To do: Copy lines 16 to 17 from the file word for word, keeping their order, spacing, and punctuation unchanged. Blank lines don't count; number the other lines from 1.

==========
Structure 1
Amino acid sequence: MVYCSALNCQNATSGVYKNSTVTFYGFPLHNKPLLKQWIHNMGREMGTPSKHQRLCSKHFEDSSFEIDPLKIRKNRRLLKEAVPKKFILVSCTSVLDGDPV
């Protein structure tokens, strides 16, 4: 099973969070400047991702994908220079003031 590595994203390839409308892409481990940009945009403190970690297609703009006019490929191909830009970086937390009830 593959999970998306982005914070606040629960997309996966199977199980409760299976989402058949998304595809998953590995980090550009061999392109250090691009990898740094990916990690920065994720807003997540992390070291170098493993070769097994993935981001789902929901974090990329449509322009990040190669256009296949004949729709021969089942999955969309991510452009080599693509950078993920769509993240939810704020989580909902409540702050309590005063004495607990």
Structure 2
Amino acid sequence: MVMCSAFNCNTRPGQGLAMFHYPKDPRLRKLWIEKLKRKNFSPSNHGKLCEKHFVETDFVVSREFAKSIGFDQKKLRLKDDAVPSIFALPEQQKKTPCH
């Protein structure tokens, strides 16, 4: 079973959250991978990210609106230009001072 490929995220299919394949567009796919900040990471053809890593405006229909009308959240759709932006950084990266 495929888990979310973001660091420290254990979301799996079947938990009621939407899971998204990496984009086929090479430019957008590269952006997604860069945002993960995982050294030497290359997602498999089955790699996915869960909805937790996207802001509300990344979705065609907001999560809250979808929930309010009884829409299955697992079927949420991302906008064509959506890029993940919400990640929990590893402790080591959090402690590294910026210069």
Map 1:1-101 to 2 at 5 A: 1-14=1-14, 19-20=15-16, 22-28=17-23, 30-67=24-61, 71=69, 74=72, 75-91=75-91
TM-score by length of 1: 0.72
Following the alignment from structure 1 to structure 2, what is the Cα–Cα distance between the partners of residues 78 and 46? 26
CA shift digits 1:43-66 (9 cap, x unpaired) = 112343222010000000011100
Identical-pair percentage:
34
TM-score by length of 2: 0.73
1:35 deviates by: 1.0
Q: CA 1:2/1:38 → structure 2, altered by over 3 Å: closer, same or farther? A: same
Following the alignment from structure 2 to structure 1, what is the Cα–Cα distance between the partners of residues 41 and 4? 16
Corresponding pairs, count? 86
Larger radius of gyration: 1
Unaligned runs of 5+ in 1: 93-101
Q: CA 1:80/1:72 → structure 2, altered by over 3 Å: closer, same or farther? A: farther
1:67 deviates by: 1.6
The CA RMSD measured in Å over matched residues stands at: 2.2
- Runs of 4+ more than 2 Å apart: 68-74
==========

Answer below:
Following the alignment from structure 2 to structure 1, what is the Cα–Cα distance between the partners of residues 41 and 4? 16
Corresponding pairs, count? 86